More often than not, having the unexpected happen in a bout usually plays out with negative consequences for a fighter, but in the case of featherweight prospect Tywan Claxton, things not going as he anticipated played out very much in his favor for his pro debut.
Prior to his pro debut against Jonny Bonilla-Bowman at Bellator 186 this past November, Claxton figured he was in for a difficult night. What ended up happening was Claxton picking up a 90-second TKO victory in a contender for Knockout of the Year fashion.
“I was prepared for a long, tough, fight with Jonny,” Claxton told MMAWeekly.com. “I saw some of his GLORY kickboxing fight, and I saw he was a former collegiate wrestler, so I thought he was tough. I was prepared to go out there for a battle and a grind, but the fight was over quicker than I expected.”
“I think there were two factors to not having any nerves during my pro debut,” said Claxton. “One: I’ve been competing in wrestling my entire life, so I’m used to competing no matter what.
“Second: along with a long amateur career where I fought six times in the course of seven or eight months, I also trained with some of the best guys. It gives you a sense of belonging and a meter to set where you are as a fighter. That helped me stay cool, calm, and collected in fights.”
Claxton (1-0) will look to build off his momentum of last year when he takes on Jose Antonio Perez (0-1) in a main card 145-pound bout at Bellator 194 on Friday in Uncasville, Conn.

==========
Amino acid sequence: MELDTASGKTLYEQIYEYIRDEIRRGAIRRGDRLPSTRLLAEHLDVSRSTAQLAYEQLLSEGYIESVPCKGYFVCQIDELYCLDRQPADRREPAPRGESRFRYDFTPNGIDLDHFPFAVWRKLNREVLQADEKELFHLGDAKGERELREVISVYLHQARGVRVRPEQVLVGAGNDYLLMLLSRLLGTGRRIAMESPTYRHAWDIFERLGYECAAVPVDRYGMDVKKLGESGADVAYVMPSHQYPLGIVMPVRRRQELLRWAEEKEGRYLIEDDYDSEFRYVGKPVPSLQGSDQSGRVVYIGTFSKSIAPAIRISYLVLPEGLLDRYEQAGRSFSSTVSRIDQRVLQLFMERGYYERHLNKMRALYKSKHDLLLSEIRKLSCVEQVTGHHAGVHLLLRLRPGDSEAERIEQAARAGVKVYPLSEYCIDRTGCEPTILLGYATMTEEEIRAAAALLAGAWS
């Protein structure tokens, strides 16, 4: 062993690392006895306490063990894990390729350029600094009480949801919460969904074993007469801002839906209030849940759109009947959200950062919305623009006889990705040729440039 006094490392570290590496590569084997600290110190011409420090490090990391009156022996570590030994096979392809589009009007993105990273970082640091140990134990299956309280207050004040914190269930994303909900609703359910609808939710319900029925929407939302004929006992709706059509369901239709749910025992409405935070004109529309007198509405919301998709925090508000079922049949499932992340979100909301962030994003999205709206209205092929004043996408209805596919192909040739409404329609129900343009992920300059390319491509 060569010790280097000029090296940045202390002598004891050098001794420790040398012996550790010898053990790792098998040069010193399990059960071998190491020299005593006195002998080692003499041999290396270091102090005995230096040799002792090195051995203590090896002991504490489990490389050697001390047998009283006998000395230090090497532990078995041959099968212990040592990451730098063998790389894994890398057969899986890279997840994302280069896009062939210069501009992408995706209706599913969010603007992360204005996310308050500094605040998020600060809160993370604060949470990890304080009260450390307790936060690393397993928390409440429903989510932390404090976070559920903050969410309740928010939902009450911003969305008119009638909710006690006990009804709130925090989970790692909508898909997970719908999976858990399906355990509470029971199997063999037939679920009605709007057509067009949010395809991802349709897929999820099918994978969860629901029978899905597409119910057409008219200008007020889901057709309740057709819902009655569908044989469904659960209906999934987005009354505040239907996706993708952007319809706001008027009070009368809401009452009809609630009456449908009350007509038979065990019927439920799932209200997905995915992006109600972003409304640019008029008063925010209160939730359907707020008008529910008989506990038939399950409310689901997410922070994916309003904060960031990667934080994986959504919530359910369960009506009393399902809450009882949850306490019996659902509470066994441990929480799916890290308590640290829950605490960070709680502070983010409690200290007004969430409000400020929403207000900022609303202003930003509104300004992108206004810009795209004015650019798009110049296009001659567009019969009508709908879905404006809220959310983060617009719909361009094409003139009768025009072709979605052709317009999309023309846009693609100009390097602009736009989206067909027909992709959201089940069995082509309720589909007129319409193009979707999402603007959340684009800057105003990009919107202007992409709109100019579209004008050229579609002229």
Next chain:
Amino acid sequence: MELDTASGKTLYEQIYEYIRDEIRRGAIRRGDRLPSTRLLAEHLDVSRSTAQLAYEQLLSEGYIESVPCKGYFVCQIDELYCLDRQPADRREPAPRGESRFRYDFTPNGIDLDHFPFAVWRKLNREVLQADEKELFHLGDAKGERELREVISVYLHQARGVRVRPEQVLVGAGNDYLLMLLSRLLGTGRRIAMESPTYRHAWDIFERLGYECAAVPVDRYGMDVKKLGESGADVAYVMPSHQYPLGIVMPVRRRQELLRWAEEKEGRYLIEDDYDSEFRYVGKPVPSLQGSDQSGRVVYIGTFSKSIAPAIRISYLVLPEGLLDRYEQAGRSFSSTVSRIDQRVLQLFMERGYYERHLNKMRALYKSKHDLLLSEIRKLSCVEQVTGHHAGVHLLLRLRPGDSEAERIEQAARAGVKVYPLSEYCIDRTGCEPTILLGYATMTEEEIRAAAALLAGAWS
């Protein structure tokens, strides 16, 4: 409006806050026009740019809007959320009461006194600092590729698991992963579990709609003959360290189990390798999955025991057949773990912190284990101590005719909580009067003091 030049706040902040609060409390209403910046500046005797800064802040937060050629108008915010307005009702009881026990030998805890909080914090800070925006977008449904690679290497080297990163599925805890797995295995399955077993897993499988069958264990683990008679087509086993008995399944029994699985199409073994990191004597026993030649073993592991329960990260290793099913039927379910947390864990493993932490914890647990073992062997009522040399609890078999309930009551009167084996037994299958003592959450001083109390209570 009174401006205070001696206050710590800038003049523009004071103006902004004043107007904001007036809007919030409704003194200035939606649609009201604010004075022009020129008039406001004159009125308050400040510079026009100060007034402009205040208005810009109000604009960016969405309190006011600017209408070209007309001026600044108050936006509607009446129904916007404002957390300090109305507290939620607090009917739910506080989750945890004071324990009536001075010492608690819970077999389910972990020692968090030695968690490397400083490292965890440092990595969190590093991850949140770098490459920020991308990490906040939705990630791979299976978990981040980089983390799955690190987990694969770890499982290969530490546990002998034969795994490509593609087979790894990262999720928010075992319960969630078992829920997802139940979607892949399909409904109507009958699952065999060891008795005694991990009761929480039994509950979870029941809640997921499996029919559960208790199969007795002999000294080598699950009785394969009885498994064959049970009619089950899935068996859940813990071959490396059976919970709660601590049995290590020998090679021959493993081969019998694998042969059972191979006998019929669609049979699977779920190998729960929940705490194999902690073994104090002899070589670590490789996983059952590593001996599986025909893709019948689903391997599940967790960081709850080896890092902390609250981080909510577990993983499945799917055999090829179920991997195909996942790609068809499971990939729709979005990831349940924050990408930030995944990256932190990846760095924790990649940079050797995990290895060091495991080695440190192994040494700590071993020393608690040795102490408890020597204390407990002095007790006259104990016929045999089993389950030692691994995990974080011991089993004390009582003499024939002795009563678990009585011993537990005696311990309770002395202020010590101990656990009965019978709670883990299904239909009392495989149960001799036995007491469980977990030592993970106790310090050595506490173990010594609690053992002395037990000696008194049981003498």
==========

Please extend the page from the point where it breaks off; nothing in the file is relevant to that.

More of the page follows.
“This is a guy (in Perez) with the same amount of experience I have in professional fights,” Claxton said. “I just have to go out there and do what I do. I mix things up how I like to. I have make sure my motion is sharp, my angles are sharp, and something will present itself and I’ll take it.”
In a stacked division such as featherweight, fighters have to do more than just win in order to make a case for themselves as they move up the ranks. Claxton understands this, and intends to be the kind of fighter that can distance himself from the pack with strong performances going forward.
“I think I just have to go out there and put people away,” said Claxton. “I have to go out there and dominate. There can’t’ be any decisions. I can’t leave anything up to the judges. I have to put people away, and once I do that, people will realize that by either a big move or by domination, I’m a finisher. I think that’s the key. “